Media Reformers Want CPB Reform


A dozen media reform groups have renewed their call for the Corporation for Public Broadcasting to loosen up a little.

Specifically, they say that after unsuccessful attempts to meet with new President Patricia Harrison, they want public TV's biggest funder to "increase transparency of its decision-making and open its meetings to more public participation."

Coincidentally or not, the letter to Harrison came the same day that CPB's Inspector General was briefing Hill staffers--we hear it was a three-hour meeting--on the progress of its investigation into CPB Chairman Ken Tomlinson and allegations he took steps to advance a Republican agenda without letting the board in on his plans.

CPB Inspector General Kenneth Konz is expected to wrap up the investigation by the end of next month, but given that Tomlinson will exit as board chairman Sept. 27, a source says he has told interested legislators that he will try to get a preliminary report to them before his exit date.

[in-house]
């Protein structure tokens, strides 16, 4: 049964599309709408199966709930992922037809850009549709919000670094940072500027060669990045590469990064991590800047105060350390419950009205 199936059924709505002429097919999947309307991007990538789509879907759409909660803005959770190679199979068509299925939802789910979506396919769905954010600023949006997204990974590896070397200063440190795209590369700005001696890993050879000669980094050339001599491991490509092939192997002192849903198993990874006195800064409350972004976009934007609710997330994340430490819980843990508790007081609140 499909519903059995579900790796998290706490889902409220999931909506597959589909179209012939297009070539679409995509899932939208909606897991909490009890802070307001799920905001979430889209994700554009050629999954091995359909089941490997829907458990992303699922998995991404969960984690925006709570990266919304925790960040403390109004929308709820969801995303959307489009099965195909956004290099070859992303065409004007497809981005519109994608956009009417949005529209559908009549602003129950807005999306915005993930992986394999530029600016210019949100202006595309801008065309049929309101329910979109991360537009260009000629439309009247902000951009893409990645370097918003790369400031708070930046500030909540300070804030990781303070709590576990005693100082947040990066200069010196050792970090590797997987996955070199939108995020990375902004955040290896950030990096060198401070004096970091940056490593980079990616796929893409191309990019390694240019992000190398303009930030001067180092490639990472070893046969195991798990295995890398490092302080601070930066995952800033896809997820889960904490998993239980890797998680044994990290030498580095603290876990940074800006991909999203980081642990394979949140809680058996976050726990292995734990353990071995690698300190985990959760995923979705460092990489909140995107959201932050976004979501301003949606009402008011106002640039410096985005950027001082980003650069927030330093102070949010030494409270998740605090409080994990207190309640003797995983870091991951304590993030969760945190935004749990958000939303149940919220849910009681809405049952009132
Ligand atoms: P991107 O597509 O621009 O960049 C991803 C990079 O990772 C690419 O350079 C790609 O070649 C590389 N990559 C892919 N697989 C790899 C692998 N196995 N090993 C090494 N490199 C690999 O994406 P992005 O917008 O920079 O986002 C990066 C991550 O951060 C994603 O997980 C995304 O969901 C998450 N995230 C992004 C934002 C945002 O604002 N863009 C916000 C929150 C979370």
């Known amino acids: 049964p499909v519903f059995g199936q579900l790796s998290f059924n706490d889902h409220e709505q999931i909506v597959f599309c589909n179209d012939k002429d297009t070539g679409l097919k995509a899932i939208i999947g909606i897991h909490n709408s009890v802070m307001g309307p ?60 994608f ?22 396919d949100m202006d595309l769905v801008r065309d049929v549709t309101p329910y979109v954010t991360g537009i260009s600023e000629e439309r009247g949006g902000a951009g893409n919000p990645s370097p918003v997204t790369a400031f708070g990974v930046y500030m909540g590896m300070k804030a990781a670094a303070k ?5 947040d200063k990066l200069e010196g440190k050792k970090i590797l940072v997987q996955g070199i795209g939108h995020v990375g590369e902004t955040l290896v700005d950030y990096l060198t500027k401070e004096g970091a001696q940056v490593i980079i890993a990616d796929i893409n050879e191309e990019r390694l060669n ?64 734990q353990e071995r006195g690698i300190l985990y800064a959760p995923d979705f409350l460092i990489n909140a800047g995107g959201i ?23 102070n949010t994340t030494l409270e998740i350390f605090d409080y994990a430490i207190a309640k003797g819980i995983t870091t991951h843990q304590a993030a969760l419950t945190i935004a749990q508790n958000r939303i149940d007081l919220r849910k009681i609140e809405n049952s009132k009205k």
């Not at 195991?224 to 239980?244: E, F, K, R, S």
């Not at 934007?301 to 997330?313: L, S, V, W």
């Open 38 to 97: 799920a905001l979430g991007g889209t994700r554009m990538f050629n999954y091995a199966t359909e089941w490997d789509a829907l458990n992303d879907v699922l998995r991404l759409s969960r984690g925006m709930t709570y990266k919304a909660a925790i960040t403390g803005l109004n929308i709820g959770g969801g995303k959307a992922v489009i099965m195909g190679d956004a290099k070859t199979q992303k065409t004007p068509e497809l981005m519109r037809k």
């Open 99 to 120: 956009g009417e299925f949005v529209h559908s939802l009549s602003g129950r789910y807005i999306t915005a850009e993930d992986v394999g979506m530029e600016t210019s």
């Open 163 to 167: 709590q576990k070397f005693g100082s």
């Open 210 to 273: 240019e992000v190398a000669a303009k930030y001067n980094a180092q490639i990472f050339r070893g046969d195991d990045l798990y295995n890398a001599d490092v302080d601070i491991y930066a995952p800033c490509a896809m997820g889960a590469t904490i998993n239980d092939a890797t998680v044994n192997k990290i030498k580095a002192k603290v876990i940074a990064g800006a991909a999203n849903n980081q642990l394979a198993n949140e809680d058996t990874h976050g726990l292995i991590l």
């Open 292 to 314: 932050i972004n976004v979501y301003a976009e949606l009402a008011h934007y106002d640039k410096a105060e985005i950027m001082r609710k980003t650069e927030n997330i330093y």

The groups, which include Common Cause, Free Press, the Center for Digital Democracy, the Benton Foundation, and the Center for Creative Voices in Media, filed a similar letter in July calling for more accountability and transparency, including in how they pick their president, but say they haven't seen any evidence that CPB is addressing their concerns.

Tomlinson has been criticized for the choice of Harrison, a former Republican party co-chairman, and for his efforts to "balance" PBS by adding conservative programming, including hiring an outside consultant--without board input--to gauge the liberal-ness of noncommercial shows including Bill Moyer's NOW (Moyers has since exited) and NPR's Diane Rehm Show.